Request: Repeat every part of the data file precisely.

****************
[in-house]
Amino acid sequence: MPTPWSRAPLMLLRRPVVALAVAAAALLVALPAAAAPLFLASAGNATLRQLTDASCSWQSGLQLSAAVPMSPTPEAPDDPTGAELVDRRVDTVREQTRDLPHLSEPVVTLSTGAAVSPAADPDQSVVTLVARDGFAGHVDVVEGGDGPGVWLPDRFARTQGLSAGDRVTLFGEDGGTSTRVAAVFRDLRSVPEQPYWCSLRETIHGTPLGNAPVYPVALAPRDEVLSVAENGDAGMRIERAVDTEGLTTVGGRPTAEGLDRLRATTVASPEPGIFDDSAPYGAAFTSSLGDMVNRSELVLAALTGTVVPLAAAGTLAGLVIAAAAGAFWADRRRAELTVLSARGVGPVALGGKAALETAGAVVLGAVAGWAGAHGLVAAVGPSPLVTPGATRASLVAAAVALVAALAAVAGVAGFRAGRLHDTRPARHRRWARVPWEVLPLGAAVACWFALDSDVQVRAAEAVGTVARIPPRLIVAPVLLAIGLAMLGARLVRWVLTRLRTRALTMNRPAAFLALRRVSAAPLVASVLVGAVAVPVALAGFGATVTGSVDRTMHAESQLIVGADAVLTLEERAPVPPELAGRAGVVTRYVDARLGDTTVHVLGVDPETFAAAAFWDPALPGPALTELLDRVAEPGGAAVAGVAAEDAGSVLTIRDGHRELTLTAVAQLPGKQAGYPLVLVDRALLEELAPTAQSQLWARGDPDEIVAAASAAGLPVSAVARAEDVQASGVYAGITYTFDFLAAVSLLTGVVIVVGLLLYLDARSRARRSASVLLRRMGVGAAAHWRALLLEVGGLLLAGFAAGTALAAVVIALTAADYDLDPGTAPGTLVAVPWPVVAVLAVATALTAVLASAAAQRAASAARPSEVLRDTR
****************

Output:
[in-house]
Amino acid sequence: MPTPWSRAPLMLLRRPVVALAVAAAALLVALPAAAAPLFLASAGNATLRQLTDASCSWQSGLQLSAAVPMSPTPEAPDDPTGAELVDRRVDTVREQTRDLPHLSEPVVTLSTGAAVSPAADPDQSVVTLVARDGFAGHVDVVEGGDGPGVWLPDRFARTQGLSAGDRVTLFGEDGGTSTRVAAVFRDLRSVPEQPYWCSLRETIHGTPLGNAPVYPVALAPRDEVLSVAENGDAGMRIERAVDTEGLTTVGGRPTAEGLDRLRATTVASPEPGIFDDSAPYGAAFTSSLGDMVNRSELVLAALTGTVVPLAAAGTLAGLVIAAAAGAFWADRRRAELTVLSARGVGPVALGGKAALETAGAVVLGAVAGWAGAHGLVAAVGPSPLVTPGATRASLVAAAVALVAALAAVAGVAGFRAGRLHDTRPARHRRWARVPWEVLPLGAAVACWFALDSDVQVRAAEAVGTVARIPPRLIVAPVLLAIGLAMLGARLVRWVLTRLRTRALTMNRPAAFLALRRVSAAPLVASVLVGAVAVPVALAGFGATVTGSVDRTMHAESQLIVGADAVLTLEERAPVPPELAGRAGVVTRYVDARLGDTTVHVLGVDPETFAAAAFWDPALPGPALTELLDRVAEPGGAAVAGVAAEDAGSVLTIRDGHRELTLTAVAQLPGKQAGYPLVLVDRALLEELAPTAQSQLWARGDPDEIVAAASAAGLPVSAVARAEDVQASGVYAGITYTFDFLAAVSLLTGVVIVVGLLLYLDARSRARRSASVLLRRMGVGAAAHWRALLLEVGGLLLAGFAAGTALAAVVIALTAADYDLDPGTAPGTLVAVPWPVVAVLAVATALTAVLASAAAQRAASAARPSEVLRDTR